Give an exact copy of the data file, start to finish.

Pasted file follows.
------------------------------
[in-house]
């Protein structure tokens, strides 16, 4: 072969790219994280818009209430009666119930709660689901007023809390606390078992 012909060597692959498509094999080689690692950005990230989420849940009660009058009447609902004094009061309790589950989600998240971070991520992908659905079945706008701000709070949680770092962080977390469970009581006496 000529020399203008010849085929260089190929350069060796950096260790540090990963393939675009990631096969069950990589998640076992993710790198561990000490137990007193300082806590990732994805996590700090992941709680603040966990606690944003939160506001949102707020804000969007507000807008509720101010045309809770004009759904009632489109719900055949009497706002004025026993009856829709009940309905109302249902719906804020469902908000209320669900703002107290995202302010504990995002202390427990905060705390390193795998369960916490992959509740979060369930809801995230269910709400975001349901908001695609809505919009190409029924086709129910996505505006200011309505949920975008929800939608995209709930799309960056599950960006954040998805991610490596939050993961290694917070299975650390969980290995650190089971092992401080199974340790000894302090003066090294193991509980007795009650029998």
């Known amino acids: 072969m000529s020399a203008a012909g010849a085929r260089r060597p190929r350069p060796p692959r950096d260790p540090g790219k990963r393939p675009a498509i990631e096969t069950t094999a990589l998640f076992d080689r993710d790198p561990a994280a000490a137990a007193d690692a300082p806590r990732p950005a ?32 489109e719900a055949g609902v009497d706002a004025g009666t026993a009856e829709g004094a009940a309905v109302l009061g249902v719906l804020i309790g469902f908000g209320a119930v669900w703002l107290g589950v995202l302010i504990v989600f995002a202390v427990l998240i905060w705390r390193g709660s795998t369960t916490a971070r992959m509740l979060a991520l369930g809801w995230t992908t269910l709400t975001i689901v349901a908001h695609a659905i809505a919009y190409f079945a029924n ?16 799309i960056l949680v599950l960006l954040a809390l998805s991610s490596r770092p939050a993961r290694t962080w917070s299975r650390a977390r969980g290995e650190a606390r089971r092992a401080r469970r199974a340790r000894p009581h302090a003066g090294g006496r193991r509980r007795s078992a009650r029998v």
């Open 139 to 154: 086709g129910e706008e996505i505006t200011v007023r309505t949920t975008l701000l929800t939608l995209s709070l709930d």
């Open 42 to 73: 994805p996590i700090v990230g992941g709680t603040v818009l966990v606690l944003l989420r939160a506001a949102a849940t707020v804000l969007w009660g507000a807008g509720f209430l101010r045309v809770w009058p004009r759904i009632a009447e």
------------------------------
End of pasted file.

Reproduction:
[in-house]
């Protein structure tokens, strides 16, 4: 072969790219994280818009209430009666119930709660689901007023809390606390078992 012909060597692959498509094999080689690692950005990230989420849940009660009058009447609902004094009061309790589950989600998240971070991520992908659905079945706008701000709070949680770092962080977390469970009581006496 000529020399203008010849085929260089190929350069060796950096260790540090990963393939675009990631096969069950990589998640076992993710790198561990000490137990007193300082806590990732994805996590700090992941709680603040966990606690944003939160506001949102707020804000969007507000807008509720101010045309809770004009759904009632489109719900055949009497706002004025026993009856829709009940309905109302249902719906804020469902908000209320669900703002107290995202302010504990995002202390427990905060705390390193795998369960916490992959509740979060369930809801995230269910709400975001349901908001695609809505919009190409029924086709129910996505505006200011309505949920975008929800939608995209709930799309960056599950960006954040998805991610490596939050993961290694917070299975650390969980290995650190089971092992401080199974340790000894302090003066090294193991509980007795009650029998």
């Known amino acids: 072969m000529s020399a203008a012909g010849a085929r260089r060597p190929r350069p060796p692959r950096d260790p540090g790219k990963r393939p675009a498509i990631e096969t069950t094999a990589l998640f076992d080689r993710d790198p561990a994280a000490a137990a007193d690692a300082p806590r990732p950005a ?32 489109e719900a055949g609902v009497d706002a004025g009666t026993a009856e829709g004094a009940a309905v109302l009061g249902v719906l804020i309790g469902f908000g209320a119930v669900w703002l107290g589950v995202l302010i504990v989600f995002a202390v427990l998240i905060w705390r390193g709660s795998t369960t916490a971070r992959m509740l979060a991520l369930g809801w995230t992908t269910l709400t975001i689901v349901a908001h695609a659905i809505a919009y190409f079945a029924n ?16 799309i960056l949680v599950l960006l954040a809390l998805s991610s490596r770092p939050a993961r290694t962080w917070s299975r650390a977390r969980g290995e650190a606390r089971r092992a401080r469970r199974a340790r000894p009581h302090a003066g090294g006496r193991r509980r007795s078992a009650r029998v």
């Open 139 to 154: 086709g129910e706008e996505i505006t200011v007023r309505t949920t975008l701000l929800t939608l995209s709070l709930d």
């Open 42 to 73: 994805p996590i700090v990230g992941g709680t603040v818009l966990v606690l944003l989420r939160a506001a949102a849940t707020v804000l969007w009660g507000a807008g509720f209430l101010r045309v809770w009058p004009r759904i009632a009447e």